The length of time since they were employed by the organization can also help determine whom to screen again. Employees who were laid off or furloughed for several months might have had the time to take temporary employment or engage in activities that may impact their eligibility for rehire, while those who were only absent for a couple of weeks may be deemed lower risk. Employers will need to establish a policy and cutoff date for when returning employees should be rescreened.

Rescreening former employees does not require organizations to spend the same amount of time and money as they would for pre-hire background screening of new candidates. Some of the key steps organizations must take when creating and implementing a plan for rescreening former employees include:

1. Assess Organization and Industry Requirements

Employers already know former employees’ identities, educational backgrounds, and their educational and employment history. Instead of conducting screening in those areas, rescreen in areas more relevant to employee rehire eligibility. For example:

  • Employment sanctions or exclusions
  • Criminal history
  • License activity, such as suspensions, revocations or other disciplinary action
  • Drug screening

2. Involve Key Stakeholders

The decision to rescreen returning employees should not be taken lightly. With the involvement of key stakeholders in human resources, legal and compliance, organizations can determine policies and rescreening parameters for the returning workforce. Background screening providers can also provide assistance in developing expedient and cost-effective plans to help manage rehiring risk.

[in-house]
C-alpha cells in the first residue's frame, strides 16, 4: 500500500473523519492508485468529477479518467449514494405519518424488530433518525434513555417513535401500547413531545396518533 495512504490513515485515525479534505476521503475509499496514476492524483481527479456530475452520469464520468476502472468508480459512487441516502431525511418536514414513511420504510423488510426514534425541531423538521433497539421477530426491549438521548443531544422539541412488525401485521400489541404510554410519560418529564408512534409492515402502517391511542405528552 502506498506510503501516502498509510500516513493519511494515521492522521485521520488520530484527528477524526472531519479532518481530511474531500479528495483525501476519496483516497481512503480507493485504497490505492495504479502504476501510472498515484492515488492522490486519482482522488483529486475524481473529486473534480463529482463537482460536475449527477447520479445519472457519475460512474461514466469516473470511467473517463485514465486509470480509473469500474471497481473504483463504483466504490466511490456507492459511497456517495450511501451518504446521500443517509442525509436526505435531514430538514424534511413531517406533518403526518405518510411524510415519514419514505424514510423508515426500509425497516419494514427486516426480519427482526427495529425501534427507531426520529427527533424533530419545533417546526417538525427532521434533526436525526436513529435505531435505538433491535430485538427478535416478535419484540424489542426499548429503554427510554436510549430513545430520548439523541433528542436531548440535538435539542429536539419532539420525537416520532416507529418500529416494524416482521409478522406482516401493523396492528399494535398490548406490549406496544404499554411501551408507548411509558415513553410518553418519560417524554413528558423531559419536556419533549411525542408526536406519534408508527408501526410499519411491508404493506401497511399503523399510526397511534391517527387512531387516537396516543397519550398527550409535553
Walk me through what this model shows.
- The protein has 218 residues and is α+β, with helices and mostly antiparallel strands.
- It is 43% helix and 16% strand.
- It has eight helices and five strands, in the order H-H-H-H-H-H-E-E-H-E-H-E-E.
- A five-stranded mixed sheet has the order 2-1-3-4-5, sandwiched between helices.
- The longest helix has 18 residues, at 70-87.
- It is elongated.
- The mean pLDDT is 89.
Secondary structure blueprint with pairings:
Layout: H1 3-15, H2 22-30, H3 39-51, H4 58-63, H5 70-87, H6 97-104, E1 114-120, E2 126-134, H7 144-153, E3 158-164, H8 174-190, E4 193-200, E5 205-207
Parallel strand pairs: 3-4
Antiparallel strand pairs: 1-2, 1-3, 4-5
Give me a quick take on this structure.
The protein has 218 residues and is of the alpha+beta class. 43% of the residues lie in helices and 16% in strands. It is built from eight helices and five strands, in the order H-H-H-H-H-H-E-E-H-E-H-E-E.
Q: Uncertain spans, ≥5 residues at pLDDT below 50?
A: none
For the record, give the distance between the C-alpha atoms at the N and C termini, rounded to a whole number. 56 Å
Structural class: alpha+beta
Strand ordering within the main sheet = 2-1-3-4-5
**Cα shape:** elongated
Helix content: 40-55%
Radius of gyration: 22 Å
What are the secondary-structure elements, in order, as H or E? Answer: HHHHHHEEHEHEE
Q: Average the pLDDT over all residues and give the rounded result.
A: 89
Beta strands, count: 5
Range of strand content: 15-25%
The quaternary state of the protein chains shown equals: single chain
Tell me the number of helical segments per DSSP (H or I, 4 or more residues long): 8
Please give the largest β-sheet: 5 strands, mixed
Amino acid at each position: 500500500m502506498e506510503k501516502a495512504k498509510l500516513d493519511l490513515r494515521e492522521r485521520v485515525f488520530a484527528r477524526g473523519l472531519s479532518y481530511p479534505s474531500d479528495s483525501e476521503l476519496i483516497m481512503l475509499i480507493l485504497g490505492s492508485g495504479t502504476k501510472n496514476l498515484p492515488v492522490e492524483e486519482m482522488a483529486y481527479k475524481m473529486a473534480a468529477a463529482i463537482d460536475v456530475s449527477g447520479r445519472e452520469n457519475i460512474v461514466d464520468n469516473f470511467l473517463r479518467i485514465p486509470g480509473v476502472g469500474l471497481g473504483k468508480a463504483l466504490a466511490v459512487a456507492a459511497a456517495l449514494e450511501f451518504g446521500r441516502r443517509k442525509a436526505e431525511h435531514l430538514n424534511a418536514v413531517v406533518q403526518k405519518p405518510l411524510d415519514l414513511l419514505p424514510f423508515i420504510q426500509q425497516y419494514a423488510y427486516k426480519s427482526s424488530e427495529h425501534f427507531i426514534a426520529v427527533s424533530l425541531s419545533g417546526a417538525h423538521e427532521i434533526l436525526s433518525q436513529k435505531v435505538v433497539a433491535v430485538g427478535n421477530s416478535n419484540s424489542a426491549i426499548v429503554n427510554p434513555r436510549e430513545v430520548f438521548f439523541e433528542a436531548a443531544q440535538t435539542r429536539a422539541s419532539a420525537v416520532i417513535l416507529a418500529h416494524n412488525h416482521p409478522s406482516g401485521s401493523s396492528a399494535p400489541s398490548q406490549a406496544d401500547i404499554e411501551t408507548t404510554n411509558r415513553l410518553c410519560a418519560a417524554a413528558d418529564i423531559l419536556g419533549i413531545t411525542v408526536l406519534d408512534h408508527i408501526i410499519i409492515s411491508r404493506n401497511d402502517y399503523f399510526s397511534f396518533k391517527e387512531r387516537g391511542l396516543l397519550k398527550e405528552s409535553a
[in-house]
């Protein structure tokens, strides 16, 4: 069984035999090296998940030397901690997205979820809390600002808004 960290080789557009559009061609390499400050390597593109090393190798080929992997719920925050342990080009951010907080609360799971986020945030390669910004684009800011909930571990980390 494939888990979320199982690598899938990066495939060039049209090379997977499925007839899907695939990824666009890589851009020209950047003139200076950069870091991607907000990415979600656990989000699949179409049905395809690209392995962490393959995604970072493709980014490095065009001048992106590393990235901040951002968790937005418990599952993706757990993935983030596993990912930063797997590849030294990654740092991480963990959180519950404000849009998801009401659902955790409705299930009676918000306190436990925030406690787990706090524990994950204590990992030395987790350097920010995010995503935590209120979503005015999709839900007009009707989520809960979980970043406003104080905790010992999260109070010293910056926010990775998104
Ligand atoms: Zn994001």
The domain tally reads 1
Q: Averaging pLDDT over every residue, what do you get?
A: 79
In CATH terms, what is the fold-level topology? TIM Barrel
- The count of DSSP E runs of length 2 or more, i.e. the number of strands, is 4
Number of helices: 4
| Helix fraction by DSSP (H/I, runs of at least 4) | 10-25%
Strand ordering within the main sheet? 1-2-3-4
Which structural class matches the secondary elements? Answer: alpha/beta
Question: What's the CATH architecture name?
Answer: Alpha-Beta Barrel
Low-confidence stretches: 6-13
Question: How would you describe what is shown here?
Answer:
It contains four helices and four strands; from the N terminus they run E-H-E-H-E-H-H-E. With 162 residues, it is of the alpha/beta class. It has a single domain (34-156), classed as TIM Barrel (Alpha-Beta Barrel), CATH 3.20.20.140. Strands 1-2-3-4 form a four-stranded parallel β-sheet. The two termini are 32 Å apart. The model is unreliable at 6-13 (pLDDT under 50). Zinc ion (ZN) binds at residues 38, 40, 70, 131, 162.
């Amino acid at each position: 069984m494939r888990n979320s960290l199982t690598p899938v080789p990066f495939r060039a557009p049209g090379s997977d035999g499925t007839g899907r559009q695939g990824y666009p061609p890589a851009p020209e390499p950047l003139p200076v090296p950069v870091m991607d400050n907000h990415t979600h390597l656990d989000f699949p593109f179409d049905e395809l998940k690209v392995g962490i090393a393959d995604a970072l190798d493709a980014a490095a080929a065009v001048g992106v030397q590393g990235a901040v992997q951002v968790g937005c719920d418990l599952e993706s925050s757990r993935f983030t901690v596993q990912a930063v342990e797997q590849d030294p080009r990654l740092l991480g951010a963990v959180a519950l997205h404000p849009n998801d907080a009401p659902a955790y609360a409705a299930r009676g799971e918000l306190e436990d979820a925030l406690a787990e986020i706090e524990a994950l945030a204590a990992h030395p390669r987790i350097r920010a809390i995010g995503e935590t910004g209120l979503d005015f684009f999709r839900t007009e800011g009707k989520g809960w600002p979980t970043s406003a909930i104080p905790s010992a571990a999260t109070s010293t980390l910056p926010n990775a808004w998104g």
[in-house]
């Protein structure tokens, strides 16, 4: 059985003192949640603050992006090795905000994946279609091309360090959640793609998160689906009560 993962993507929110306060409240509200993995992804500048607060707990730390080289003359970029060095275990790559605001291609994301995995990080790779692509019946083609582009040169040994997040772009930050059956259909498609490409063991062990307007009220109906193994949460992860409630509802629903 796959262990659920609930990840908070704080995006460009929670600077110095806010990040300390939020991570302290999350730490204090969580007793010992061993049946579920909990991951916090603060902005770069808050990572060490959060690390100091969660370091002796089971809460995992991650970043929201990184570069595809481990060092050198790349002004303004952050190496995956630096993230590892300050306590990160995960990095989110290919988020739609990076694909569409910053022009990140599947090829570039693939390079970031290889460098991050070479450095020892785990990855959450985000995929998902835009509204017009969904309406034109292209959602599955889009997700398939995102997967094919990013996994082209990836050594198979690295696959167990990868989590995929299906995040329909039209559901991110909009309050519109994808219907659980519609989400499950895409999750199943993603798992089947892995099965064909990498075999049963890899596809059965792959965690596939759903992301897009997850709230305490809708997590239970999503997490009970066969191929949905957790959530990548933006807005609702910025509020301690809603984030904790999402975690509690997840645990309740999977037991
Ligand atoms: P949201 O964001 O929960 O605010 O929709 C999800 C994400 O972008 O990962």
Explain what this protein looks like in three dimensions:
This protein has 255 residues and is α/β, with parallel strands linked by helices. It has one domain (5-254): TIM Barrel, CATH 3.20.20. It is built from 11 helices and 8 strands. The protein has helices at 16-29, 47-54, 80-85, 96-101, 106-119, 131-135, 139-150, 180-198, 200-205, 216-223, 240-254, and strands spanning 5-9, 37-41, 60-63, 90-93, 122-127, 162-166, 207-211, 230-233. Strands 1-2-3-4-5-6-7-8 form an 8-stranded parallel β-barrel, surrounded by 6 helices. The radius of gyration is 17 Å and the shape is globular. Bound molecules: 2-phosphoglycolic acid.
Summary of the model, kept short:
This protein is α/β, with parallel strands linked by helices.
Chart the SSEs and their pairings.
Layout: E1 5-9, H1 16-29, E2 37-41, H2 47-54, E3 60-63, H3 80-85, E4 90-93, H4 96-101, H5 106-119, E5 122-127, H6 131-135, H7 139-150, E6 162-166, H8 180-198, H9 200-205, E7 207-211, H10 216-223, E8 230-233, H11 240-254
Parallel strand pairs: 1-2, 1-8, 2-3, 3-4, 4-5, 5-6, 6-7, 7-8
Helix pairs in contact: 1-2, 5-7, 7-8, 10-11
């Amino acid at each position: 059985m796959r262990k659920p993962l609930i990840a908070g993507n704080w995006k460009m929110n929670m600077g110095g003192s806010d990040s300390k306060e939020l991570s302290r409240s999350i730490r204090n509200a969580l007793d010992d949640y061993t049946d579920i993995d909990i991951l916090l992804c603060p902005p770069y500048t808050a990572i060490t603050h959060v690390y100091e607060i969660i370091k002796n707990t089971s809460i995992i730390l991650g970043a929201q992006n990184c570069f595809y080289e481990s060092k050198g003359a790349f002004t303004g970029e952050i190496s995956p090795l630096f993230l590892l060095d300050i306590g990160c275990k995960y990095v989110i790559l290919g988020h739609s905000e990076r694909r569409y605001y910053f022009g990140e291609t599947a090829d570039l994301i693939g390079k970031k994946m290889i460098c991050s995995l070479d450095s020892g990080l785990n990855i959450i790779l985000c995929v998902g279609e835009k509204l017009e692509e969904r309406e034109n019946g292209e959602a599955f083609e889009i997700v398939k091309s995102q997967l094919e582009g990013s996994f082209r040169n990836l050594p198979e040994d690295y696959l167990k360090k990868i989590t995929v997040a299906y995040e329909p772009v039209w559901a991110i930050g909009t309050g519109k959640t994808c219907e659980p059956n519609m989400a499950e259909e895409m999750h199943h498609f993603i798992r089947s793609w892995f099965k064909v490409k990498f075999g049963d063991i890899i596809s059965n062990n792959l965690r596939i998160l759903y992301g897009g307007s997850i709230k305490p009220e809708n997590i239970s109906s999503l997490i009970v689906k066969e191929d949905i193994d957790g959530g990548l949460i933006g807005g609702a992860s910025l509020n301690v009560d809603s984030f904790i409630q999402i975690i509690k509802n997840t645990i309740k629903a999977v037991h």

3. Review and Revise Existing Policies

Comprehensive policies can help guide future hiring practices and also bring consistency to the overall background screening process. By reviewing existing hiring policies and revising them to include rules for rescreening former employees, organizations can clarify the rehiring process for all relevant for all involved. This will allow organizations to better manage hiring risks and get on the road to recovery more quickly.

Matt Jaye is vice president of business development at Corporate Screening.